The Gazette has abandoned its ambitious plans to publish its FreshInk as a four-day per week free tabloid newspaper and instead has relegated it to a once-a-week insert.
FreshInk, launched during April of this year, was the brainchild of Gazette publisher Steve Pope, who reportedly told his staff at the time that FreshInk was intended to both compete with the Colorado Springs Independent for younger readers and to eventually become a zoned publication available throughout the region.
At the time, some speculated that Pope had created FreshInk specifically as an Independent-killer, in revenge for that paper’s revelations concerning his fudged resume when he first joined the Gazette.
But I don’t think that was ever the plan – the Gazette, like many floundering dailies, was struggling with the recession and with a swiftly changing business environment.
The Gazette’s parent, now-bankrupt Freedom Communications, had tried the same strategy with its publication in Mesa, Arizona, the East Valley Tribune. The strategy didn’t work, and Freedom announced plans to close the paper unless a buyer could be found. Apparently, there’s a buyer in the wings, and freedom has deferred plans for shutting the pub down pending the bankruptcy court’s approval of the proposed deal.
When launched, FreshInk was published with racked distribution throughout Manitou, the west side, and downtown Colorado Springs. During July, a zoned edition of the paper began distribution in Fountain.
But, it appeared that few businesses chose to advertise in FreshInk.
The paper had formidable competitors, including the Independent and the West Side Pioneer, Ken Jordan’s feisty neighborhood weekly, which routinely scoops every other news medium in the city.
During the last two months, FreshInkhad shrunk from 16 pages to 12, and most ads were so-called ‘house ads’, for which little or no compensation was received. And two weeks ago, the paper announced that it would henceforth be available three days weekly, rather than four.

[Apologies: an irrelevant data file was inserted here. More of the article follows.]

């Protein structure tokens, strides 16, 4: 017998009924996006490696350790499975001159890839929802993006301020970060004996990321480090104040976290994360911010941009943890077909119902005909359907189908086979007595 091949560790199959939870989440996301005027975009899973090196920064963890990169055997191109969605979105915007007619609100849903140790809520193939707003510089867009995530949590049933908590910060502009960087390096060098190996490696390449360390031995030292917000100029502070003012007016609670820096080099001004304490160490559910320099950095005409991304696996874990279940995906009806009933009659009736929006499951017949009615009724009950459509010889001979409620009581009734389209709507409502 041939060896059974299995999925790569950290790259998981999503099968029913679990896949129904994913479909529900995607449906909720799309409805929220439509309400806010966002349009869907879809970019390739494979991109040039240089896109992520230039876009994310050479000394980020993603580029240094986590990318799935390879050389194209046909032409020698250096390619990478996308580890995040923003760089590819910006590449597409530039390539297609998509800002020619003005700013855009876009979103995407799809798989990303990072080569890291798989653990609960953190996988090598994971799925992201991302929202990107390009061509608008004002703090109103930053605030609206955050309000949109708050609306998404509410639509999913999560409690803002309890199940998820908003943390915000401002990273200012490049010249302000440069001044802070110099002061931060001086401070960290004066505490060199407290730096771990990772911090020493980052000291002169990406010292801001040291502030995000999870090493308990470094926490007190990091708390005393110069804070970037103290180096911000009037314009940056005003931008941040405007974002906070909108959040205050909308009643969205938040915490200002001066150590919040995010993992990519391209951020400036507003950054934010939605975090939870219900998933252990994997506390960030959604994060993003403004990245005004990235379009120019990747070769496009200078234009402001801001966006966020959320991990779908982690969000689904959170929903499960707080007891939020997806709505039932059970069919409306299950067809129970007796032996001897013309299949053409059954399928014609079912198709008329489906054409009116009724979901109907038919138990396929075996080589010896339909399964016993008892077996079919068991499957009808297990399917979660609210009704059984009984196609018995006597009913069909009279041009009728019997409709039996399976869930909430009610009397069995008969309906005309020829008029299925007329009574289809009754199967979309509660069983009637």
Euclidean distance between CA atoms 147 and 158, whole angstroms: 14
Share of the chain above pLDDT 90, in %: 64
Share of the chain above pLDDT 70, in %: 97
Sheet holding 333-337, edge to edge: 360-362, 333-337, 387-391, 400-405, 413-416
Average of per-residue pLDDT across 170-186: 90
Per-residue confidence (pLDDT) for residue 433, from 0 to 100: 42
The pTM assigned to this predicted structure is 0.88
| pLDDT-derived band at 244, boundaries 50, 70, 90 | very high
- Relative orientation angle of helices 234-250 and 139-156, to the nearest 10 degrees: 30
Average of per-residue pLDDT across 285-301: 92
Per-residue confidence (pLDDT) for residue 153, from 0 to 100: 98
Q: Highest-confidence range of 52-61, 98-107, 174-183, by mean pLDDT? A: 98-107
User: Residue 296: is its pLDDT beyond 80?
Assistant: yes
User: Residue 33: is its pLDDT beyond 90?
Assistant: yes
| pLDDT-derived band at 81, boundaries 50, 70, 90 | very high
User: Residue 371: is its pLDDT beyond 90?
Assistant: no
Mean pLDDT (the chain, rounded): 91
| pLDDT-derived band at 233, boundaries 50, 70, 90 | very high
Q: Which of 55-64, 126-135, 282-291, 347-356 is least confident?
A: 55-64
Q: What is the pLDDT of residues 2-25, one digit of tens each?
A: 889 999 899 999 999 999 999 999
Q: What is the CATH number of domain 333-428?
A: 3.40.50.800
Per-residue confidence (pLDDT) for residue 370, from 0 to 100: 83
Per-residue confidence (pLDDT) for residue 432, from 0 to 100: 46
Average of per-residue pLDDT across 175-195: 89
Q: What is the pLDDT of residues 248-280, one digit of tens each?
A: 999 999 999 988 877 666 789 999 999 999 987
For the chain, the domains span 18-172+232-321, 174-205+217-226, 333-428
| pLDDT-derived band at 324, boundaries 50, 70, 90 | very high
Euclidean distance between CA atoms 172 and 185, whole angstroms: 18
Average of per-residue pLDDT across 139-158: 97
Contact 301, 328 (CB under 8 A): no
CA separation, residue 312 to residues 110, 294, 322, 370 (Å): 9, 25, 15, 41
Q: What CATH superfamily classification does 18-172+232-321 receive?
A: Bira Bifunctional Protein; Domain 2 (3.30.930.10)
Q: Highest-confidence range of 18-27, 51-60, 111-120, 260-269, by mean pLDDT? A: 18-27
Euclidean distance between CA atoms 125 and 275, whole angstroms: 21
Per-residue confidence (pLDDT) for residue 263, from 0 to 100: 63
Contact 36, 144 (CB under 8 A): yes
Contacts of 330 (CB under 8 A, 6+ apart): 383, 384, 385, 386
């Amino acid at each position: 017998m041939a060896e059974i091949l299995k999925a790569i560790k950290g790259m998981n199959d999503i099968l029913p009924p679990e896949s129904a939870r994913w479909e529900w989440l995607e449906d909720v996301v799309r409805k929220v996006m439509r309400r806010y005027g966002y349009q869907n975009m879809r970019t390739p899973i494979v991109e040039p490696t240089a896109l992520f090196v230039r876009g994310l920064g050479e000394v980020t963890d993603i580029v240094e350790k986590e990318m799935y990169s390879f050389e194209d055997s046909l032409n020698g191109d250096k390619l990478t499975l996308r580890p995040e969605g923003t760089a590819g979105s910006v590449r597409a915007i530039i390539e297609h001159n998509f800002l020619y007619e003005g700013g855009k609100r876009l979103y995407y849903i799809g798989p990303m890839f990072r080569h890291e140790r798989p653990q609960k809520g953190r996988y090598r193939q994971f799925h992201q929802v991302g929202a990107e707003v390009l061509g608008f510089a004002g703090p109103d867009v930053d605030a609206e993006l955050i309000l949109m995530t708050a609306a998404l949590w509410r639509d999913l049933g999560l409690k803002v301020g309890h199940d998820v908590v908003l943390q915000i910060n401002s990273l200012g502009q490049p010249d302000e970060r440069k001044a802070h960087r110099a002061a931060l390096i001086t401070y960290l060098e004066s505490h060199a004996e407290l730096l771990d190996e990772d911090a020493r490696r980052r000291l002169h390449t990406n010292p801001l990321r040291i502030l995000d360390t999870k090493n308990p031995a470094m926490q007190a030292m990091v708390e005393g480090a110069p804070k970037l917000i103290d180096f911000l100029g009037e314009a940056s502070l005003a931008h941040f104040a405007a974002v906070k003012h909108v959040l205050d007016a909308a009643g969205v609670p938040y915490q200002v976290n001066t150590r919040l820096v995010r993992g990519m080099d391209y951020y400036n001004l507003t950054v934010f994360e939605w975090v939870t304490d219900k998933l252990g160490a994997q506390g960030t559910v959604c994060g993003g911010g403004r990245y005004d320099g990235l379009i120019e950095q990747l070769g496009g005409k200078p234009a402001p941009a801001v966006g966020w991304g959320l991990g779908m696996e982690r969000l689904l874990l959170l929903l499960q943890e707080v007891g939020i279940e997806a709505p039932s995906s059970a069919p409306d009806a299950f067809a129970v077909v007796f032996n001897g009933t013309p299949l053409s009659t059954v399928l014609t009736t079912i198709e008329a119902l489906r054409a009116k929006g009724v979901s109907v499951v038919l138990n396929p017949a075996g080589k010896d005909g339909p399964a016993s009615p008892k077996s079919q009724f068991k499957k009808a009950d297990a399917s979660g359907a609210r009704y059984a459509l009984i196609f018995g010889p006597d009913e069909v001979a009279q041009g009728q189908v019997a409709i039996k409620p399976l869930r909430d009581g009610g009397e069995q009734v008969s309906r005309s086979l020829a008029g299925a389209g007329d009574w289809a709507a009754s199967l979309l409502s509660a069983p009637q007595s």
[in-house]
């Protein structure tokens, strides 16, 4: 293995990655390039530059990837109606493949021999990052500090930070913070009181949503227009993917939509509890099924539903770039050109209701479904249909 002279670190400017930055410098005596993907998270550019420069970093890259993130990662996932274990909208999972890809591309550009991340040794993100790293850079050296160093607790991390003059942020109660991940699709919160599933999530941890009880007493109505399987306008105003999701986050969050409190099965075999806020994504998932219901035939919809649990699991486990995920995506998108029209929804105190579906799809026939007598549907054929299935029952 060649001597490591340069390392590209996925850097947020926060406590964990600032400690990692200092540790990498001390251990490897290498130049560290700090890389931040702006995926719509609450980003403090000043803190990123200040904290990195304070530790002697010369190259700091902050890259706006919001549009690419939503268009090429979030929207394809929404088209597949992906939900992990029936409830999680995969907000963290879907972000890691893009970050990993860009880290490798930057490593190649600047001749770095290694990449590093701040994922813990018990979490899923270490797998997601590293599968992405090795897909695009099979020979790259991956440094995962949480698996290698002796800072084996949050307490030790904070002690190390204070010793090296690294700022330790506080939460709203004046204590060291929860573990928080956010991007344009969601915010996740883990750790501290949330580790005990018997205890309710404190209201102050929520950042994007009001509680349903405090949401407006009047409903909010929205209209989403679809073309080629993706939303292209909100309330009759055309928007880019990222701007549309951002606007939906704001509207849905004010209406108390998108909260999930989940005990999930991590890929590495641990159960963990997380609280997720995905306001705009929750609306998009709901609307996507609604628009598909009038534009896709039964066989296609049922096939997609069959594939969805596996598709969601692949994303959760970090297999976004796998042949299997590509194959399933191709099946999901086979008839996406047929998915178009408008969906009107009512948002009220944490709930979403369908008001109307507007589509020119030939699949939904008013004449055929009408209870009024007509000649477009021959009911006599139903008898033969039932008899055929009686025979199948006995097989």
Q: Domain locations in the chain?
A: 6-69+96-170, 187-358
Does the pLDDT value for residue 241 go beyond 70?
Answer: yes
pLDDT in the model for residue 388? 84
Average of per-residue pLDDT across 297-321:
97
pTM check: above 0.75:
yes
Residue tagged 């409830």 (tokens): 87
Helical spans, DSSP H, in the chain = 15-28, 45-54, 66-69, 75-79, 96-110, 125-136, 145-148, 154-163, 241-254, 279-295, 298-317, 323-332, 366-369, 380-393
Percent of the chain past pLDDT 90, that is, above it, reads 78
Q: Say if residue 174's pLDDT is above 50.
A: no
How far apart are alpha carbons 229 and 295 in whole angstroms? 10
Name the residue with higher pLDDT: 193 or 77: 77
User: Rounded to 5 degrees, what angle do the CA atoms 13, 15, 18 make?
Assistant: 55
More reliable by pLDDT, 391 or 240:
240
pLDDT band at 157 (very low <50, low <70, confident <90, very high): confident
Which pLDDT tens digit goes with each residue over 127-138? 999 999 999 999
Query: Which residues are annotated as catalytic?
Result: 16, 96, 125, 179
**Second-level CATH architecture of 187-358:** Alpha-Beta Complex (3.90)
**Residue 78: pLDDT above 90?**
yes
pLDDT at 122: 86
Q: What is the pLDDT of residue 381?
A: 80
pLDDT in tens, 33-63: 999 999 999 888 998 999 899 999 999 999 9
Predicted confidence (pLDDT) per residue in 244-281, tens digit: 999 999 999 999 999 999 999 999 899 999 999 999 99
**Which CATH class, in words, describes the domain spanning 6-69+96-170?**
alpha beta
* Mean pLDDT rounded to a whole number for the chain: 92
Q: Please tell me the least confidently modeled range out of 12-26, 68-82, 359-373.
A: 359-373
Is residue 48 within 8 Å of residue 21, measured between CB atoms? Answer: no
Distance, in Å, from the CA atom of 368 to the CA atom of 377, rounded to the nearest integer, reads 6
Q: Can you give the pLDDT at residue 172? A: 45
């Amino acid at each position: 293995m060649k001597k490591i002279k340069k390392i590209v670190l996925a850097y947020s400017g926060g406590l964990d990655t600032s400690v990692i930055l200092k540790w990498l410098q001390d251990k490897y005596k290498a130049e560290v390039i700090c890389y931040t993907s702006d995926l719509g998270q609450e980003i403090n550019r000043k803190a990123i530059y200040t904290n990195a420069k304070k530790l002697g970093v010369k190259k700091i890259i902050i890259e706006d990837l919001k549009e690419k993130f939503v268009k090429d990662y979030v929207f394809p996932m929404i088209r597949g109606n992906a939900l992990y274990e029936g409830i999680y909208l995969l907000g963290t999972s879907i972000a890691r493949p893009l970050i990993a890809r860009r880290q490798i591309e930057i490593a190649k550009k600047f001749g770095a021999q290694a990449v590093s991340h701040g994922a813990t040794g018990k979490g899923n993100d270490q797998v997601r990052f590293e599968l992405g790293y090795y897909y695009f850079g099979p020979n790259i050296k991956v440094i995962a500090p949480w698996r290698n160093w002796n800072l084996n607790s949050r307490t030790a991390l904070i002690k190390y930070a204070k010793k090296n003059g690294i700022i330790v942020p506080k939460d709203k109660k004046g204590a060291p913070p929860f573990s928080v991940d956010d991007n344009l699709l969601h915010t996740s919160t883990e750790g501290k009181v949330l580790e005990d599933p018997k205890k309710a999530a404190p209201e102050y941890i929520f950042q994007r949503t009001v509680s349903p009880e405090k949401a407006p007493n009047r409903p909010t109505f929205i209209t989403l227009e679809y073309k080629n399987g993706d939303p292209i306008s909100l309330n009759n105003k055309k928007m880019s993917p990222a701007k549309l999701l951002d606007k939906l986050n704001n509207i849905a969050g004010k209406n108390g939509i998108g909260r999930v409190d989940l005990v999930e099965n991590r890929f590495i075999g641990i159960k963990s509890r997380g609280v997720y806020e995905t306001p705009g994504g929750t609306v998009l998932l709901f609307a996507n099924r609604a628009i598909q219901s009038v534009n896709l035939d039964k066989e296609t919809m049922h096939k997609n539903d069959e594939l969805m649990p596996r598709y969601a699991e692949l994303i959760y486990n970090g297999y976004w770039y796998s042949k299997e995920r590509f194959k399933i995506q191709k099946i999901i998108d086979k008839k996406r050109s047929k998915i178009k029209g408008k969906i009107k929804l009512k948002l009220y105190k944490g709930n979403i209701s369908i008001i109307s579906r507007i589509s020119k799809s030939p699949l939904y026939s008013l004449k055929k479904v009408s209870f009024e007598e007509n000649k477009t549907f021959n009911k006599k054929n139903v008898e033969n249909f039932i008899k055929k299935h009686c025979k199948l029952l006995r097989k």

In a curiously-worded announcement in the Gazette yesterday morning, FreshInk editor Tim Bergsten announced that “changes are coming to the Gazette’s citizen journalism platform…it’s natural to shy away from change, to assume that it’s going to be bad.”
“Beginning Jan. 6,” Bergsten continued, “FreshInk will print Wednesdays. On Feb. 3 we’ll launch two more neighborhood papers (serving the Powers Boulevard and Briargate areas). All four neighborhood papers will be delivered in the Gazette to home subscribers.”
In retrospect, it’s easy to say that FreshInk was doomed from day one, a bad idea that somehow implanted itself in the mind of a stubborn boss.
Maybe so – but it takes a certain amount of journalistic chutzpah to launch a print pub of any kind in today’s market, and FreshInk was often interesting and readable. Many observers believe that metro dailies are a dying breed, doomed to follow passenger pigeons and passenger trains into extinction – so I applaud the Gazette for at least trying something, rather than passively accepting what fate may bring.
“Stand by,” Liz Cobb, the Gazette’s Vice President of Marketing said, “More changes are coming.”
And change, if inevitable, is not always good.
When ‘The City of New Orleans’ immortalized passenger rail 40 years ago, Colorado Springs had two competing dailies, as did Denver, as did San Francisco, as did Seattle. America’s network of passenger trains had largely disappeared, leaving only a few faded reminders of a glorious past. Trains were made for songwriters – and newspapers are made by writers.
I suspect that dozens of laid-off journalists are banging away at their keyboards as I write this, hoping to write the book that will define and celebrate the end of journalism as we knew and lived it.
Good luck. And I know you’ve given up on fortune – but don’t expect fame either. Here’s the chorus from ‘The City of New Orleans’, which was written not by Arlo Guthrie, not by Willie Nelson…but by Steve Goodman.
“Nighttime on The City of New Orleans,
Changing cars in Memphis, Tennessee.
Half way home, we’ll be there by morning
Through the Mississippi darkness
Rolling down to the sea.
And all the towns and people seem
To fade into a bad dream
And the steel rails still ain’t heard the news.
The conductor sings his song again,
The passengers will please refrain
This train’s got the disappearing railroad blues.”